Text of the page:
An adenoidectomy is an operation to remove the adenoids.
What are adenoids?
Adenoids are small lumps of tissue at the back of the nose, above the roof of the mouth. You cannot see a person's adenoids by looking in their mouth.
Adenoids are part of the immune system, which helps fight infection and protects the body from bacteria and viruses.
Adenoids are bigger when you are a child. They then start to shrink, and usually disappear by the time you are an adult.
When adenoids need to be removed
A child's adenoids can sometimes become swollen or enlarged. This can happen after a bacterial or viral infection, or after a substance triggers an allergic reaction.
In most cases, swollen adenoids only cause mild discomfort and treatment is not needed. However, for some children, it can cause severe discomfort and interfere with their daily life.
Adenoids may need to be removed if your child has:
- breathing problems – your child may have difficulty breathing through their nose and may have to breathe through their mouth instead, which can cause problems such as cracked lips and a dry mouth
- difficulty sleeping – your child may start to snore and in severe cases, some children have irregular breathing during sleep and become very sleepy during the day (sleep apnoea)
- recurrent or persistent problems with the ears, such as middle ear infections (otitis media) or glue ear (where the middle ear becomes filled with fluid)
- recurrent or persistent sinusitis leading to symptoms such as a constantly runny nose, facial pain and nasal-sounding speech
Adults do not often need an adenoidectomy. Their adenoids have usually shrunk so they are not likely to cause problems.
How an adenoidectomy is done
The adenoids can be removed during an adenoidectomy.
The operation is usually done by an ear, nose and throat (ENT) surgeon and takes around 30 minutes. Afterwards, your child will need to stay in the recovery ward for up to an hour until the anaesthetic has worn off.
Adenoidectomies are sometimes day cases if they're done in the morning, in which case your child may be able to go home on the same day. However, if the procedure is done in the afternoon, your child may need to stay in hospital overnight.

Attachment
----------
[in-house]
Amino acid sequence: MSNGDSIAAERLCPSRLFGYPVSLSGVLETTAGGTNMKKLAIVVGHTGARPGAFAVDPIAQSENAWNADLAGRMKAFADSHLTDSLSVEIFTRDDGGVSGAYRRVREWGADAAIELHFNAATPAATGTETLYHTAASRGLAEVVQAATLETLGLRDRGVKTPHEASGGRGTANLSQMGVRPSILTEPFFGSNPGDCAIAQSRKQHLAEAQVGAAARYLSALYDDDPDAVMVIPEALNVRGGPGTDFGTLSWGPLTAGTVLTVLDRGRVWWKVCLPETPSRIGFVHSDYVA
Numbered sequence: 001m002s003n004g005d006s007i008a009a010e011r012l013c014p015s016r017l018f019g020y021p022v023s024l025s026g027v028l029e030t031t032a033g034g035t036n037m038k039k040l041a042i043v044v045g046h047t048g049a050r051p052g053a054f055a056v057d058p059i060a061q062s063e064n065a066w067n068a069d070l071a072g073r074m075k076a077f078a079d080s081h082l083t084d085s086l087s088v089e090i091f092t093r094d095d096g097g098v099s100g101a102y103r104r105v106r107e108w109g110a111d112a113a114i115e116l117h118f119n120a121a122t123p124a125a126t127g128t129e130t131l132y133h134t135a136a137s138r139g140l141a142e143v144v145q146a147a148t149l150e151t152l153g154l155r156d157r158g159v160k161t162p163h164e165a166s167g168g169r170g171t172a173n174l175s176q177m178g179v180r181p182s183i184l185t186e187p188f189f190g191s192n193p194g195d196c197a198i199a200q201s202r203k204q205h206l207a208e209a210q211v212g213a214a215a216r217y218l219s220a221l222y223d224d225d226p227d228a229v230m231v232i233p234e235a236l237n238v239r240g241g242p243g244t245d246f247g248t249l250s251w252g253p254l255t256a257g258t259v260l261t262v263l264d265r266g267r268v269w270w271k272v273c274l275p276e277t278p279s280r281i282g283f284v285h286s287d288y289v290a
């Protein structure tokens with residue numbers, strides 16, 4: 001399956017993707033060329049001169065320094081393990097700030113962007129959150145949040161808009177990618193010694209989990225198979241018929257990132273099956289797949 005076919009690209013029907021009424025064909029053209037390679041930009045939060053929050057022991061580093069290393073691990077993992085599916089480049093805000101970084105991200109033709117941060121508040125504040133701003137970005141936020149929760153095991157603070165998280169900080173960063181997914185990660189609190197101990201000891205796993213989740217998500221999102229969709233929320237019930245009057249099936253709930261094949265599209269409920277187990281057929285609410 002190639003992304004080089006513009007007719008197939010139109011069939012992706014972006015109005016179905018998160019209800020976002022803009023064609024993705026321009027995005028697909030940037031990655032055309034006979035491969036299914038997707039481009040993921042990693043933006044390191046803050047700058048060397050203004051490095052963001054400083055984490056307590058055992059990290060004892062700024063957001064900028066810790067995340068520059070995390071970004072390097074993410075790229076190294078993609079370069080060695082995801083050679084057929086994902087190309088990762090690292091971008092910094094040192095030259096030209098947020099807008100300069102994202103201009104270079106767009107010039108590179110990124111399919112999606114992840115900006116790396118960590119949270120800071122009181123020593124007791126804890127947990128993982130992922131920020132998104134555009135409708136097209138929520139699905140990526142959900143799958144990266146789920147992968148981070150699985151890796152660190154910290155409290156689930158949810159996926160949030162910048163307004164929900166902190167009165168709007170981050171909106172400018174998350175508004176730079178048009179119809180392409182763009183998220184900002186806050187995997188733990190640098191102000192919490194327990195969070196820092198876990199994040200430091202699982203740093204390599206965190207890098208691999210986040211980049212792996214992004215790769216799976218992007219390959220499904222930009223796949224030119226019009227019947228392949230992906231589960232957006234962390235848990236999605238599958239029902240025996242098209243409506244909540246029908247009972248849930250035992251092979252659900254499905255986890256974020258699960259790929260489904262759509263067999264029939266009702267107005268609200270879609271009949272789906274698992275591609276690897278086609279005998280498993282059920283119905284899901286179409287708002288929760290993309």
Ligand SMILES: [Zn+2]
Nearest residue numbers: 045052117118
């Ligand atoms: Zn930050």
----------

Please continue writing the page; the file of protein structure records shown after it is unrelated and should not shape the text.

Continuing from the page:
Before the operation
Tell your ENT surgeon if your child has had a cold or sore throat in the week before the operation.
If your child has a high temperature and cough, the operation may have to be postponed for a few weeks to ensure they've fully recovered and to reduce their risk of developing complications as a result of the surgery.
An adenoidectomy is done under general anaesthetic, so your child will be asleep during the operation and will not feel any pain.
The adenoids are removed through the mouth. Heat is used to stop any bleeding.
Removal of the tonsils
If your child has large tonsils, or has had severe or frequent bouts of tonsillitis, the doctor may suggest removing the tonsils and adenoids at the same time. This is called an adenotonsillectomy.
Removing the adenoids and tonsils at the same time reduces the chance of complications. However, adenoidectomies, tonsillectomies and adenotonsillectomies are quick and straightforward procedures with few complications.
An adenoidectomy is a very safe operation and complications are rare. However, as with any type of surgery, there is still a chance of complications.
There’s a small chance of:
- a tooth being knocked or chipped during the operation
- infection – your child may be given antibiotics to help prevent this
- a reaction to the anaesthetic
When to seek medical advice
Contact your GP immediately or go to your nearest A&E if your child has the following symptoms shortly after surgery:
- bright red bleeding from their mouth
- blood in their sick, or black or brown sick
- very high temperature, or they feel hot or shivery
- a lot of pain that does not get better when they take painkillers
- not drinking any fluids
It's normal to have a sore throat after an adenoidectomy. Your child will usually be given painkillers while in hospital to help ease discomfort.
Your child may also feel groggy and sleepy after having an anaesthetic. After the operation, they'll be checked for several hours to make sure they're recovering normally. Once the doctor is satisfied, you'll be able to take your child home.
Minor problems during recovery
After an adenoidectomy, some children have some minor health problems. However, most of these are temporary and rarely require further treatment. They can include:
- sore throat
- stiff jaw
- blocked nose or nasal discharge
- bad breath
- a change in voice (your child may sound like they're speaking through their nose)
- finding it hard to swallow
- finding it hard to brush their teeth
Most of these symptoms will pass within a few weeks. Contact your GP if your child is still affected after a few weeks.
Your child may need painkillers for a few days after the operation.
Over-the-counter painkillers, such as paracetamol, are usually suitable. Younger children may find it easier to take liquid or soluble paracetamol, particularly if they have a sore throat.
Always make sure you follow the dosage instructions on the packet, and never give aspirin to a child who's under the age of 16.
Eating and drinking
Your child should start eating normally as soon as possible.
Giving your child a dose of painkillers about an hour or so before they eat may make swallowing food easier.
It's also important for them to drink plenty of fluids to avoid dehydration.
Returning to school
Your child will need to rest for several days after an adenoidectomy and should be kept off school for about 10 days. This is to reduce their risk of getting an infection.
The area will take a while to heal.
Keep your child away from people with coughs or colds, and from smoky environments.